In 1996 Kidman released the pivotal surf film, Litmus. An instant vintage surf odyssey that arrived at the perfect moment. You see – in the mid 90s, surfing was progressing in a manner that focused quite a lot on the shred hard/surf hard mentality… which is not necessarily a good or bad thing but during this time – some of the vintage soul and grace of the craft had been overlooked by the industry. With Litmus, Kidman captured highly stylized, artful surf in the vein of Morning of the Earth or Innermost Limits of Pure Fun. Some true 1970s surf film vibes, which (among other things) focused on the surfer’s relationship with the water…no matter what they rode or where they paddled.

With all that said – of course the film called for a dialed-in soundtrack.

Kidman’s band The Val Dusty Experiment (and others) put together an original score full of meditative, dreamy and challenging folk that served as the soundscape to the beautiful lines the surfers (Derek Hynd, Tom Curren etc.) drew up in the film. The sound and idea was surely rooted in his reverence of those masterful films before him and bringing things back to the communion and spirit of it all…and again, its release might’ve been when folks needed a reminder the most.

Cotton Jones have been relatively quiet since their last studio album, 2010’s luminous and glacial Tall Hours in the Glowstream, a master recording of Cosmic Americana that placed the group in a category all their own. In the years since, Michael Nau and Whitney McGraw have married, had a kid, have another on the way, and have settled into their home of Cumberland, Maryland.

In February 2016, Nau will release Mowing, under his own name, on the Suicide Squeeze label. While not an official Cotton Jones release, the record still features McGraw and a cast of supporting characters crafting woozy AM gems of pop, country, soul, folk, gospel and 60’s tinged psychedelia. Swaying gracefully between breezy and languid, and brimming with charm, it’s got all the fixings of what has made this group one of the finest of the past decade.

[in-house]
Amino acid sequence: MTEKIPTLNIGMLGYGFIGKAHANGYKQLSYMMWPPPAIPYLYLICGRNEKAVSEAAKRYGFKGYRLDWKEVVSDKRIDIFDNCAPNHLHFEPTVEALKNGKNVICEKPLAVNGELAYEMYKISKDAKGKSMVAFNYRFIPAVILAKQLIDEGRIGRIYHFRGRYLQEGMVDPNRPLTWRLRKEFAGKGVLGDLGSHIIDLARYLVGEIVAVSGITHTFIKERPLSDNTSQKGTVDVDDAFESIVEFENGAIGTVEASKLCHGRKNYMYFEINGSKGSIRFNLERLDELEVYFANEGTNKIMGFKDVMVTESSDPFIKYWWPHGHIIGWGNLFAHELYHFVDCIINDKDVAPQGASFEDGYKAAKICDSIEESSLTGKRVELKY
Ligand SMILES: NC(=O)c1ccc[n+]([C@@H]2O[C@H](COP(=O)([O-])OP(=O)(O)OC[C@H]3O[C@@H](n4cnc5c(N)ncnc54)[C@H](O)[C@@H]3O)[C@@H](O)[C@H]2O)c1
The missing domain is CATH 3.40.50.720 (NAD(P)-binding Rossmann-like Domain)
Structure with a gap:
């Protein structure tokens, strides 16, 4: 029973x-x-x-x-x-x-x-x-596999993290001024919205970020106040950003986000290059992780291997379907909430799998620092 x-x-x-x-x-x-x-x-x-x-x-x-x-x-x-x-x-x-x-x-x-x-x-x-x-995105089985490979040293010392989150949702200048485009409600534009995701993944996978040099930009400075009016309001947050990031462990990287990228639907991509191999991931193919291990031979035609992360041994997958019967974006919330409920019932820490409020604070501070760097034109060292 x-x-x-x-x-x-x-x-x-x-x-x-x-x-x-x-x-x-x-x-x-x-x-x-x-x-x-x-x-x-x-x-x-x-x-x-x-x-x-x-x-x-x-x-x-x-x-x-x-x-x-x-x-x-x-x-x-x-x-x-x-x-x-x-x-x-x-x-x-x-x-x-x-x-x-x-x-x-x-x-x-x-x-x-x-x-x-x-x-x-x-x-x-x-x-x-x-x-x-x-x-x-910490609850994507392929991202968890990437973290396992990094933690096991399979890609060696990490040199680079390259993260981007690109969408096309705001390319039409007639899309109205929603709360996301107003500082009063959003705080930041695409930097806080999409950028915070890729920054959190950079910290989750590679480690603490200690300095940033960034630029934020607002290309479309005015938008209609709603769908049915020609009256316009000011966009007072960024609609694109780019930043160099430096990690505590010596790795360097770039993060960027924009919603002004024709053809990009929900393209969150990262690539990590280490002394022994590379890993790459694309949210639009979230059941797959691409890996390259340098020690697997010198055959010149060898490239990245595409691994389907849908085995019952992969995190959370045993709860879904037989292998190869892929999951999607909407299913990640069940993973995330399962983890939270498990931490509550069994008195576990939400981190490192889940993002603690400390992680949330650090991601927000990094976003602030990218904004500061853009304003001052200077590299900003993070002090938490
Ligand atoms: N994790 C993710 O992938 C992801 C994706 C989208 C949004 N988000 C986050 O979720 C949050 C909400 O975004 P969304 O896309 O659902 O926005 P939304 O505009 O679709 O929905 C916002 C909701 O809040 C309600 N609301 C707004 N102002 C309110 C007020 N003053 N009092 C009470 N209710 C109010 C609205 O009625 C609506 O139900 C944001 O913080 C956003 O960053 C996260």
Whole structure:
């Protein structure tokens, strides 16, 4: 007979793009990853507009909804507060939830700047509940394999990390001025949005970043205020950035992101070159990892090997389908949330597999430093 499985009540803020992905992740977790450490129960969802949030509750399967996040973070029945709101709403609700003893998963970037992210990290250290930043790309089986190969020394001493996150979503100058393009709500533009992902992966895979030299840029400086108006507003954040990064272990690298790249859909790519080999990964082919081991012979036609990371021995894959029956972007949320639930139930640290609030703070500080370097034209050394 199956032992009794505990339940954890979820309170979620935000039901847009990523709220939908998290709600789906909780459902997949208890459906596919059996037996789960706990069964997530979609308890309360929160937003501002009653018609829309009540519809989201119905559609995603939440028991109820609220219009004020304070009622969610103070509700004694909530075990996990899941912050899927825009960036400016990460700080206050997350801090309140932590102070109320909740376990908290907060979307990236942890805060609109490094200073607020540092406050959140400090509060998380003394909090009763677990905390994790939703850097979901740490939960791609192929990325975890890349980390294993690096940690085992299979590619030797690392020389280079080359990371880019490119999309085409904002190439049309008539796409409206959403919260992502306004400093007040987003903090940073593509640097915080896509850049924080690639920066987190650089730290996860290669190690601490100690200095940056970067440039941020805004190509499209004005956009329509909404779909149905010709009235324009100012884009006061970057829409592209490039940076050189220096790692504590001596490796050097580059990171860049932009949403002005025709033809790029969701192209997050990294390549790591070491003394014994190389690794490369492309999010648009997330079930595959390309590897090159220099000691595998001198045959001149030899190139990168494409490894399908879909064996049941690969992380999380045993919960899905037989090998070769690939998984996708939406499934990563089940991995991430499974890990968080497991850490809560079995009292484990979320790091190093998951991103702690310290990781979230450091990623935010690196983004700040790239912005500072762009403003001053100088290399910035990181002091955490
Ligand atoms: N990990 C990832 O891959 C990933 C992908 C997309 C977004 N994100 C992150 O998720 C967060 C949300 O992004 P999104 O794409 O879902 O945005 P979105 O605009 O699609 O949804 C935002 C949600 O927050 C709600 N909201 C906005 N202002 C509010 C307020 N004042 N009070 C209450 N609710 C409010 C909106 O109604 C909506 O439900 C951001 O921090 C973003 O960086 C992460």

Below, Nau shares the album’s first single, “Winter Beat,” a tune that does exactly what it says. Despite the scene he paints of barren trees and blinding snow, the sounds conjure a cozy and fuzzy flurry of psych-pop warmth. It perfectly captures what makes the season so romantically cherished – bundled in with the fireplace lit, a warm drink on hand – yet, seasonally appropriate as well, Nau leaves an air of uncertainty and existentialism to grasp at. Another year coming to an end, what will tomorrow bring? words / c depasquale


Le funk via Les Petit Noirs. 1972. Via Haiti Direct.

Les Loups Noirs :: Pile Ou Face


For the last six months or so I’ve been religiously attending DJ Clyde’s Sunday Night Roll at Skateland in Northridge. True roller skating culture was not something I grew up with, so for me, seeing this place for the first time was mind-blowing. The first thing I noticed was the majority of the skaters were middle aged (or “grown and sexy” as Clyde likes to say.) They were impressively skilled, many of them with custom skates made from oxford shoes. This was and is a place for people who see roller skating as a way of life. The most notable element for me was DJ Clyde the Glide’s hand-selected funk/soul music and how deeply the skaters lost themselves in it. He was playing the types of records I had been digging for, but presented in a new way. This mix is inspired by the music played Sunday nights at Skateland. Enjoy. Daniel T.

Aquarium Drunkard Presents: Skateland – A Mixtape